- A Willis Towers Watson (WTW) survey reveals a projected 7.8% rise in global healthcare costs during 2017, up from 7.3% in 2016. The survey results also show that Latin America had the biggest increase, due largely to high inflation rates in some countries, and Europe had the lowest. U.S. insurers predict costs will rise 7.5% in 2017, compared with an increase of 7.8% a year earlier.
- WTW also found that insurers in most markets expect further cost increases. Only respondents (53%) from Africa and the Middle East were optimistic about prices remaining relatively stable.
- When asked about the major drivers of rising healthcare costs beyond employers and vendors’ control, respondents cited the following: providers recommending too many services (74%), medical technology (63%), employees seeking inappropriate care (54%) and profit motives (40%).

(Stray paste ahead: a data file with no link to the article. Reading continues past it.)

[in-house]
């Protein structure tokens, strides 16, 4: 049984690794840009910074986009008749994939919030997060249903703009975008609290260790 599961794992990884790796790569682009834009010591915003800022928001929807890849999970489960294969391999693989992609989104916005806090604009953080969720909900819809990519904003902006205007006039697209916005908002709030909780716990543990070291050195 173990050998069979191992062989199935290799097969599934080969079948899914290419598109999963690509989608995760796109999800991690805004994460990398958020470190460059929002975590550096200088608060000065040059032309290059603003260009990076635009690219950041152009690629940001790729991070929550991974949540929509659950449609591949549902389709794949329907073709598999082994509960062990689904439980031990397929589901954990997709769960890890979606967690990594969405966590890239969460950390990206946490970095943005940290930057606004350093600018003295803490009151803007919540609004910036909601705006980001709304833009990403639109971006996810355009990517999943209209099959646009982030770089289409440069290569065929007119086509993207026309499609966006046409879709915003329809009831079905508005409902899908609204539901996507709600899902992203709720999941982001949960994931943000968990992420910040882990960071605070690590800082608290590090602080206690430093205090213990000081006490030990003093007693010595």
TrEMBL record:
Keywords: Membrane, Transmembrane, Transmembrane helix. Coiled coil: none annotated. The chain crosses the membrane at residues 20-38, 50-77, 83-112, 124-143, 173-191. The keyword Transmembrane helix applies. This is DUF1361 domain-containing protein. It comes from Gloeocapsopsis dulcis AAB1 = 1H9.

The survey confirms that employers are trying to slow down healthcare cost increases. Many are taking preventive measures by offering wellness programs, which give employees the incentive to take charge of their own physical, financial and emotional well-being.
Across the globe, 40% of employers offer wellness programs, according to the survey, and growth is projected to continue worldwide. Health promotion programs also are on the rise, as employers encourage employees to shop around for healthcare to find lower prices. These include getting second opinions on diagnoses and offering health risk assessments, lifestyle and health education programs.
Even keeping healthcare cost increases steady isn't sustainable in the long run. Companies are beginning to look beyond plan design and instead at how they can work with healthcare providers to make the whole system more streamlined.
Costs in the U.S. might be predicted to rise less than other parts of the world, but it's hard to make solid predictions currently. Amidst deep uncertainty about the future of the Affordable Care Act and the potential GOP replacement, the American Health Care Act (AHCA), it's likely that instability will remain the rule for now — though compliance with the ACA is still paramount.